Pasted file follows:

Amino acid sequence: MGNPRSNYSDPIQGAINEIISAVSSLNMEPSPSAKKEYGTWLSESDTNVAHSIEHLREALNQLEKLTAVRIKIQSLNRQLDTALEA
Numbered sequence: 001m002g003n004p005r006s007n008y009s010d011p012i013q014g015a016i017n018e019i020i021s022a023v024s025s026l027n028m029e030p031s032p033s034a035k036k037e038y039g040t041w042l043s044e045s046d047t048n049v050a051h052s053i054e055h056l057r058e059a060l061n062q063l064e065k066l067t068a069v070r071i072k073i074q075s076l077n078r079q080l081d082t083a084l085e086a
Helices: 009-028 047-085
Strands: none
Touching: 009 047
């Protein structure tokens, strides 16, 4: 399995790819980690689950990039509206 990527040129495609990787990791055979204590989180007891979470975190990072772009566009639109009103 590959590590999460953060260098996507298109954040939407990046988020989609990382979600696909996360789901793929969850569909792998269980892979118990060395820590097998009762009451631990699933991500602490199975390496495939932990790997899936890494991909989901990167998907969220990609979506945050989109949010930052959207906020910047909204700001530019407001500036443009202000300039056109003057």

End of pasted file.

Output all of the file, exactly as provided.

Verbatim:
Amino acid sequence: MGNPRSNYSDPIQGAINEIISAVSSLNMEPSPSAKKEYGTWLSESDTNVAHSIEHLREALNQLEKLTAVRIKIQSLNRQLDTALEA
Numbered sequence: 001m002g003n004p005r006s007n008y009s010d011p012i013q014g015a016i017n018e019i020i021s022a023v024s025s026l027n028m029e030p031s032p033s034a035k036k037e038y039g040t041w042l043s044e045s046d047t048n049v050a051h052s053i054e055h056l057r058e059a060l061n062q063l064e065k066l067t068a069v070r071i072k073i074q075s076l077n078r079q080l081d082t083a084l085e086a
Helices: 009-028 047-085
Strands: none
Touching: 009 047
């Protein structure tokens, strides 16, 4: 399995790819980690689950990039509206 990527040129495609990787990791055979204590989180007891979470975190990072772009566009639109009103 590959590590999460953060260098996507298109954040939407990046988020989609990382979600696909996360789901793929969850569909792998269980892979118990060395820590097998009762009451631990699933991500602490199975390496495939932990790997899936890494991909989901990167998907969220990609979506945050989109949010930052959207906020910047909204700001530019407001500036443009202000300039056109003057």